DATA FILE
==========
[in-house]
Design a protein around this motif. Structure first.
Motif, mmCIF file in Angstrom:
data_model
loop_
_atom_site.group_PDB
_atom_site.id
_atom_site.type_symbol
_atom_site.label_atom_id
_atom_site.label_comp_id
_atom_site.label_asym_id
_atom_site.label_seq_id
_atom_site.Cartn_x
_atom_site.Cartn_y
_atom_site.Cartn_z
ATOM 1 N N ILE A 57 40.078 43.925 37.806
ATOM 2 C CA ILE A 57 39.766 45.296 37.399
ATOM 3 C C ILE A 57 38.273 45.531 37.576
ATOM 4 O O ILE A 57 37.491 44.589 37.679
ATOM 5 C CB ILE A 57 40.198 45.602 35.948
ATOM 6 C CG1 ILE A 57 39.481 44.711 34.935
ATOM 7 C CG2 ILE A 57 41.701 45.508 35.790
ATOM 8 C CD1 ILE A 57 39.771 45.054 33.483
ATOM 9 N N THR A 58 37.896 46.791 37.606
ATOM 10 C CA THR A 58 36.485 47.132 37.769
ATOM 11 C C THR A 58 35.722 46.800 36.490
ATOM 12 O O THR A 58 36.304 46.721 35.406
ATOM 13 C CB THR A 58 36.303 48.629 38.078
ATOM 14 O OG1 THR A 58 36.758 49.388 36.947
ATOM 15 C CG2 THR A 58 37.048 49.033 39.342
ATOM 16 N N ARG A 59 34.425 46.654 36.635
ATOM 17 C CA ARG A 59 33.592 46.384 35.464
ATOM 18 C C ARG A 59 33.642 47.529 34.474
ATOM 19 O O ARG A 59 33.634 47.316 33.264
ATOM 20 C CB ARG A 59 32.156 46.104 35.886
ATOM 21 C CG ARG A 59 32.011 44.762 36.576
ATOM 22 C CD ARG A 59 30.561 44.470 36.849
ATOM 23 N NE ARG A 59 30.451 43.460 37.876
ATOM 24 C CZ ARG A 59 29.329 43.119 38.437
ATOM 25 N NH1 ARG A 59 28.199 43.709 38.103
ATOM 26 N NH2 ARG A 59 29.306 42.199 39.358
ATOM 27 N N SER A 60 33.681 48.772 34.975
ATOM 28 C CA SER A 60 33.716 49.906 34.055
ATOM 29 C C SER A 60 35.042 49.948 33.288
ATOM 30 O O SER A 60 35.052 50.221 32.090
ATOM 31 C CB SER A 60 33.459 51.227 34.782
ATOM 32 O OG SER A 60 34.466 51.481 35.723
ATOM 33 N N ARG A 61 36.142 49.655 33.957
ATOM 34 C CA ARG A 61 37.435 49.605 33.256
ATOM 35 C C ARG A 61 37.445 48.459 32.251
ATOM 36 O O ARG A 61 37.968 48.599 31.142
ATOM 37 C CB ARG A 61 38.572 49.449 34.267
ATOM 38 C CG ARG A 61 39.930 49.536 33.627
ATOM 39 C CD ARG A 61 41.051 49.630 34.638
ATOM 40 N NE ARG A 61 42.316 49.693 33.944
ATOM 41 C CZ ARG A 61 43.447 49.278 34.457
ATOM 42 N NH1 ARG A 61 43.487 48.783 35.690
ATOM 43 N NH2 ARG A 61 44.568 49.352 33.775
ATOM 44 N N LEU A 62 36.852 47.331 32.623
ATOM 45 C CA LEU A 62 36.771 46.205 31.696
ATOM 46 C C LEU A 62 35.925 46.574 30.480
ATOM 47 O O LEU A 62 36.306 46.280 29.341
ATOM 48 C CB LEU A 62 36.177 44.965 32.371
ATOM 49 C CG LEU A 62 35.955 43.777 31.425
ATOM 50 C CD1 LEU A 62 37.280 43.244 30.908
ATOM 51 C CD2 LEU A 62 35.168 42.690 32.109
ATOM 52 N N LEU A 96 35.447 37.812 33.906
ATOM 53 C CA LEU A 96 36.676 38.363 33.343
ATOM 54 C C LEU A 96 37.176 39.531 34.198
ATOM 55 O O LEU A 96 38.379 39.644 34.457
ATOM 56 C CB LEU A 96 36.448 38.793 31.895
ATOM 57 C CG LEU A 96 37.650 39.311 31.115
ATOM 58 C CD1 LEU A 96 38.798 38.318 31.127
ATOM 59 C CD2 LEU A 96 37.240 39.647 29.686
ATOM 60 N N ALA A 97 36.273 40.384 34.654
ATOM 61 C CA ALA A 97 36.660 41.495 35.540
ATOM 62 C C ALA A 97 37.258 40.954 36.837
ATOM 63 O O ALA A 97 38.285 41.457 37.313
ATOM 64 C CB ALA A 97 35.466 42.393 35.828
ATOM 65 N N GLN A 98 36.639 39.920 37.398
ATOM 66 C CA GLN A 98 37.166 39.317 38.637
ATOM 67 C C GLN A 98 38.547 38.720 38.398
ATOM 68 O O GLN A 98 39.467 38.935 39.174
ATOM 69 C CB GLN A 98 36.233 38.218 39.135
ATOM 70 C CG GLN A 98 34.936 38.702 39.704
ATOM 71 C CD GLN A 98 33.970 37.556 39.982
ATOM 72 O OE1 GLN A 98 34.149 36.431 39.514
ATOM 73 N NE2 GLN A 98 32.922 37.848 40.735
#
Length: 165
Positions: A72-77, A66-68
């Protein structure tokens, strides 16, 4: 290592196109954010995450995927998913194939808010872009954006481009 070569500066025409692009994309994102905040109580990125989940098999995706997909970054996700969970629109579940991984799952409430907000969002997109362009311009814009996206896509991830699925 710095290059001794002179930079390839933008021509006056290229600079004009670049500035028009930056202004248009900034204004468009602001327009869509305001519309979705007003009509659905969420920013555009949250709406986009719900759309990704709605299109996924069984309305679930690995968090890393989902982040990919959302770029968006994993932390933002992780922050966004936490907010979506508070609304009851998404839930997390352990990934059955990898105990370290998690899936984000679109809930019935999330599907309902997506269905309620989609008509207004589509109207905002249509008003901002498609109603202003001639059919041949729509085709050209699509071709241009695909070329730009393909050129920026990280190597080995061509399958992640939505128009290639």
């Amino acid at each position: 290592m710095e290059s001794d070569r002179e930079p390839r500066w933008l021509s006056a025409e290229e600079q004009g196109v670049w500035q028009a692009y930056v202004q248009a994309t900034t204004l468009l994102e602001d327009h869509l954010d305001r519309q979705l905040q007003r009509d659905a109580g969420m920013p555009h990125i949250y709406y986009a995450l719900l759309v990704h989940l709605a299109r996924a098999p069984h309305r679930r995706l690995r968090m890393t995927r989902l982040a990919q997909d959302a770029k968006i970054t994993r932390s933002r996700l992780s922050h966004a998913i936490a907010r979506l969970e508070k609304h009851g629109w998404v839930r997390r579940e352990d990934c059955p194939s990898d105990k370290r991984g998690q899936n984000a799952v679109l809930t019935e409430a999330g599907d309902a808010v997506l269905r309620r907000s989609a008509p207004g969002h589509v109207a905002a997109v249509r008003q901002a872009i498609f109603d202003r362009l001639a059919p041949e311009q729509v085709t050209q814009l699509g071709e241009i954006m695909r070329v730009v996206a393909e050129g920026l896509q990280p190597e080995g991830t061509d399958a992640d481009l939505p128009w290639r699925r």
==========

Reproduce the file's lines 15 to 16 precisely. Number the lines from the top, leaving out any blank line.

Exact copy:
_atom_site.Cartn_z
ATOM 1 N N ILE A 57 40.078 43.925 37.806